When Donna McMullin saw her mother’s black eye, she was shocked, and still has no idea how the elderly woman got the injury while in hospital.
“I was really worried someone had done this to her,” McMullin said of her mother, who isn’t being named out of respect for patient privacy.
“It is very concerning to me because nobody saw what happened at all.”
The woman was expected to be transferred to a Level 3 long-term nursing home bed on Bell Island after several weeks in the Waterford Hospital in order to get her out of her current situation until a nursing home bed opens up in St. John’s.
McMullin said her mother is frail and has cognitive difficulties and was at a personal-care home when her needs changed. She was sent to the Waterford for an assessment of her geriatric-care requirements.
There was no problem on the unit she spent roughly a month on, but then she was transferred around the end of April to a transitional unit to await a nursing home bed.
“They told me it could be a six-month wait for a bed in St. John’s,” said McMullin.
She got a phone call earlier this month saying that her mom had “a little mark” on her eye but was OK.
“I didn’t think too much of it,” McMullin said.
“I went in a day or two later and I was shocked — she had a full black-and-blue eye. She looked like someone had punched her in the face.”
McMullin’s concern is that her mom, who uses a wheelchair, is now on a unit with patients of mixed ages and would not be able to defend herself against an aggressive younger patient, if that’s what happened.
No one knows what did occur. McMullin spoke to hospital administration and one suggestion was that her mother had somehow injured herself. But McMullin said that’s never happened before.
“She couldn’t tell me what happened,” McMullin said.
She said vulnerable geriatric patients should always be in a separate unit, for safety reasons.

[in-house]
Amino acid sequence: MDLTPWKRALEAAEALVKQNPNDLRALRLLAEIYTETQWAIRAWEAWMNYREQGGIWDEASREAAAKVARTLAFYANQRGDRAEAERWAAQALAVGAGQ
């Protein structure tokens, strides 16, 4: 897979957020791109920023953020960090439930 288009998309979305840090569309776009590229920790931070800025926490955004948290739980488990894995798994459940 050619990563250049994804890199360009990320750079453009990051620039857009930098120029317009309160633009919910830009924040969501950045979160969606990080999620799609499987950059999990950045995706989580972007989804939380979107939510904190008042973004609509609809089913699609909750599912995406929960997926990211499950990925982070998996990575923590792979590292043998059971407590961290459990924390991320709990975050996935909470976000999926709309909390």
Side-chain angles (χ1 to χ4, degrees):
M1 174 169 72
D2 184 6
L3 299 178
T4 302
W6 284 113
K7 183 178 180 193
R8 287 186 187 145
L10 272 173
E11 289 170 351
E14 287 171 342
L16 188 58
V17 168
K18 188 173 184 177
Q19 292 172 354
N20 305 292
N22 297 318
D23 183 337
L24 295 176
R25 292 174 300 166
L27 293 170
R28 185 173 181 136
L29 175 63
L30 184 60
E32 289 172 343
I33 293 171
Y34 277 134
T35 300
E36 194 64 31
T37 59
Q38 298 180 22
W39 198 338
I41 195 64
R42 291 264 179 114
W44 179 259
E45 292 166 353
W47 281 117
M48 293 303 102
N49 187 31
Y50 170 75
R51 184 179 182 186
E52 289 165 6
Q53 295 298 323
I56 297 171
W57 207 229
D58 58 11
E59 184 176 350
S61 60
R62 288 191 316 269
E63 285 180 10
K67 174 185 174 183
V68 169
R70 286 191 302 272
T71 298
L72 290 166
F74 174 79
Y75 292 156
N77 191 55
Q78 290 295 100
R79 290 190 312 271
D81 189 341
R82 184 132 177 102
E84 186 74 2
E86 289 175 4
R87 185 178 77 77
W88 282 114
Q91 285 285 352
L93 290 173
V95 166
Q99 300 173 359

St. John’s Centre NDP MHA Gerry Rogers advocated on the woman’s behalf and agrees the unit should be solely a geriatric transitional unit, as she was told it was in the past.
“I think it just points to the problems we have right now in terms of seniors,” Rogers said Tuesday, adding the level of care from staff is not being questioned by the family — who praised their compassion —but the mix of patients is the problem.
Rogers said she asked the hospital adminstration if McMullin’s mother could be transferred back to the unit she was assessed on and was told it is at capacity.
She said the problem is that seniors shouldn’t be in hospital because of a lack of long-term care beds or, in other cases, a lack of a comprehensive provincial home care program.
Rogers said seniors waiting in hospital because they need nursing home beds can pick up diseases and germs in an active acute care hospital setting and there can be safety issues such as McMullin’s mother’s injury.
“This is no surprise. It’s not like all of a sudden there is a crisis that fell out of the sky,” Rogers said of the increasing population of seniors.
“It is absolutely unforgivable this government and the government before them have not planned and used all the potential tools available to make sure we didn’t come to this crisis. … It’s absolutely shocking we are at this stage. In a time of prosperity, we should be able to do better than this.”
Rogers called for an all-party standing committee to examine seniors’ care in the province, including long-term care waits, home care and housing.
Eastern Health doesn’t discuss specific cases, due to privacy rules.
The health authority said there is an acute care geriatric assessment unit at the Waterford and one of two residential geriatric units has 10 transitional beds reserved for seniors awaiting a long-term care home bed or residential community care.
While the units are mostly for seniors, a spokeswoman said there are times when patients under age 65 are placed on the unit while waiting for other services.
The spokeswoman said when a patient is injured, an occurrence report is completed, the next of kin notified and a doctor called in for an exam.
While all hospital patients are checked on frequently, in the case of aggressive patients, the level of surveillance may be adjusted if needed, the health authority said.
There are currently 145 people approved and waiting on nursing home beds in the eastern region and their wait time will vary.
Some 101 others are in a long-term care home and waiting for a bed in the facility of their choice.